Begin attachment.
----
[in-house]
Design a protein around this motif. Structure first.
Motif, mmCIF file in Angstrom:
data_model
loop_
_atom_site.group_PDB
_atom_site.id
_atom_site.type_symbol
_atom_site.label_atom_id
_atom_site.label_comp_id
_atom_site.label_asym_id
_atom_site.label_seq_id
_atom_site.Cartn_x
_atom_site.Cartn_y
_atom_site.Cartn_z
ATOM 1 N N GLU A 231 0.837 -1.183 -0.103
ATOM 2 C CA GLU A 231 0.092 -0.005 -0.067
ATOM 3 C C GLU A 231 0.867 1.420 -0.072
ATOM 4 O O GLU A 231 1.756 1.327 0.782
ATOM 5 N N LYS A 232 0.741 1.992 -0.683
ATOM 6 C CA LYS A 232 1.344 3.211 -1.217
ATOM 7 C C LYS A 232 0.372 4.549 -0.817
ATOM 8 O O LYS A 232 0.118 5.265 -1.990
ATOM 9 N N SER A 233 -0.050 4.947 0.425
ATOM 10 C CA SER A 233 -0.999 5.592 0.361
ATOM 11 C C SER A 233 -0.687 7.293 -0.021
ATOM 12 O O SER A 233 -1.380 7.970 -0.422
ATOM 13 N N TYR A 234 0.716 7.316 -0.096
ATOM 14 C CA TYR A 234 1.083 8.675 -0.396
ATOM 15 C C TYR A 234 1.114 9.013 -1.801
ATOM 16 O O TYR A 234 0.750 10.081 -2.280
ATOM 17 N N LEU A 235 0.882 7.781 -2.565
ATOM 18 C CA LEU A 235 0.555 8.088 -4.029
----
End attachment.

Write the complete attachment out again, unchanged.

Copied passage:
[in-house]
Design a protein around this motif. Structure first.
Motif, mmCIF file in Angstrom:
data_model
loop_
_atom_site.group_PDB
_atom_site.id
_atom_site.type_symbol
_atom_site.label_atom_id
_atom_site.label_comp_id
_atom_site.label_asym_id
_atom_site.label_seq_id
_atom_site.Cartn_x
_atom_site.Cartn_y
_atom_site.Cartn_z
ATOM 1 N N GLU A 231 0.837 -1.183 -0.103
ATOM 2 C CA GLU A 231 0.092 -0.005 -0.067
ATOM 3 C C GLU A 231 0.867 1.420 -0.072
ATOM 4 O O GLU A 231 1.756 1.327 0.782
ATOM 5 N N LYS A 232 0.741 1.992 -0.683
ATOM 6 C CA LYS A 232 1.344 3.211 -1.217
ATOM 7 C C LYS A 232 0.372 4.549 -0.817
ATOM 8 O O LYS A 232 0.118 5.265 -1.990
ATOM 9 N N SER A 233 -0.050 4.947 0.425
ATOM 10 C CA SER A 233 -0.999 5.592 0.361
ATOM 11 C C SER A 233 -0.687 7.293 -0.021
ATOM 12 O O SER A 233 -1.380 7.970 -0.422
ATOM 13 N N TYR A 234 0.716 7.316 -0.096
ATOM 14 C CA TYR A 234 1.083 8.675 -0.396
ATOM 15 C C TYR A 234 1.114 9.013 -1.801
ATOM 16 O O TYR A 234 0.750 10.081 -2.280
ATOM 17 N N LEU A 235 0.882 7.781 -2.565
ATOM 18 C CA LEU A 235 0.555 8.088 -4.029